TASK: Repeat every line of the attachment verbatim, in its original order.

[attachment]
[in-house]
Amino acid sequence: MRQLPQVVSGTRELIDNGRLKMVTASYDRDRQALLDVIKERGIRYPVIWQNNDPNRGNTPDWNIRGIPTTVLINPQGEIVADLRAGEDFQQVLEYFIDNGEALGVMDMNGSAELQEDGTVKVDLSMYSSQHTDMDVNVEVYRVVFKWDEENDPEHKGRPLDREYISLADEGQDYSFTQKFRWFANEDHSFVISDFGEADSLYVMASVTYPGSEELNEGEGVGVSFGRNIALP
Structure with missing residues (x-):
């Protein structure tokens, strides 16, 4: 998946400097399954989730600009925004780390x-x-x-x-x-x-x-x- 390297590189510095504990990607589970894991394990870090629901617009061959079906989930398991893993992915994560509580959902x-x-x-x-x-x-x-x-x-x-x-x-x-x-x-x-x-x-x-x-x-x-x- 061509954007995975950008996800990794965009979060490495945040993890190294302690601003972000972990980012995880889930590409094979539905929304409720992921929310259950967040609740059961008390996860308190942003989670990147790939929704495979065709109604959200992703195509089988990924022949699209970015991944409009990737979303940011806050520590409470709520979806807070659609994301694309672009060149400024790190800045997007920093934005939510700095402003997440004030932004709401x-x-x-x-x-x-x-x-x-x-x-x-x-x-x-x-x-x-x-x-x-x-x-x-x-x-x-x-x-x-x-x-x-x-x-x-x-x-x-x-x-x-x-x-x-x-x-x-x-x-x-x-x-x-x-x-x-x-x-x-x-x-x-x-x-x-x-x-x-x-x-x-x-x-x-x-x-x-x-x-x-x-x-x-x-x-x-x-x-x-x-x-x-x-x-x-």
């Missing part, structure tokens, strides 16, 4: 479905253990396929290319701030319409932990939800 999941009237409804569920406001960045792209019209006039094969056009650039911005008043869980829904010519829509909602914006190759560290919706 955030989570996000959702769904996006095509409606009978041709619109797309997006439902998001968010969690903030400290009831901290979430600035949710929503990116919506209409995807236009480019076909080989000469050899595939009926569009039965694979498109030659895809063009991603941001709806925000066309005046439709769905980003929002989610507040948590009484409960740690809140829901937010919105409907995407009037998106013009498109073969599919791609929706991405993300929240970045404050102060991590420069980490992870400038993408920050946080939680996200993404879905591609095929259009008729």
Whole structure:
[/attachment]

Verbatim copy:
[in-house]
Amino acid sequence: MRQLPQVVSGTRELIDNGRLKMVTASYDRDRQALLDVIKERGIRYPVIWQNNDPNRGNTPDWNIRGIPTTVLINPQGEIVADLRAGEDFQQVLEYFIDNGEALGVMDMNGSAELQEDGTVKVDLSMYSSQHTDMDVNVEVYRVVFKWDEENDPEHKGRPLDREYISLADEGQDYSFTQKFRWFANEDHSFVISDFGEADSLYVMASVTYPGSEELNEGEGVGVSFGRNIALP
Structure with missing residues (x-):
């Protein structure tokens, strides 16, 4: 998946400097399954989730600009925004780390x-x-x-x-x-x-x-x- 390297590189510095504990990607589970894991394990870090629901617009061959079906989930398991893993992915994560509580959902x-x-x-x-x-x-x-x-x-x-x-x-x-x-x-x-x-x-x-x-x-x-x- 061509954007995975950008996800990794965009979060490495945040993890190294302690601003972000972990980012995880889930590409094979539905929304409720992921929310259950967040609740059961008390996860308190942003989670990147790939929704495979065709109604959200992703195509089988990924022949699209970015991944409009990737979303940011806050520590409470709520979806807070659609994301694309672009060149400024790190800045997007920093934005939510700095402003997440004030932004709401x-x-x-x-x-x-x-x-x-x-x-x-x-x-x-x-x-x-x-x-x-x-x-x-x-x-x-x-x-x-x-x-x-x-x-x-x-x-x-x-x-x-x-x-x-x-x-x-x-x-x-x-x-x-x-x-x-x-x-x-x-x-x-x-x-x-x-x-x-x-x-x-x-x-x-x-x-x-x-x-x-x-x-x-x-x-x-x-x-x-x-x-x-x-x-x-």
């Missing part, structure tokens, strides 16, 4: 479905253990396929290319701030319409932990939800 999941009237409804569920406001960045792209019209006039094969056009650039911005008043869980829904010519829509909602914006190759560290919706 955030989570996000959702769904996006095509409606009978041709619109797309997006439902998001968010969690903030400290009831901290979430600035949710929503990116919506209409995807236009480019076909080989000469050899595939009926569009039965694979498109030659895809063009991603941001709806925000066309005046439709769905980003929002989610507040948590009484409960740690809140829901937010919105409907995407009037998106013009498109073969599919791609929706991405993300929240970045404050102060991590420069980490992870400038993408920050946080939680996200993404879905591609095929259009008729």
Whole structure: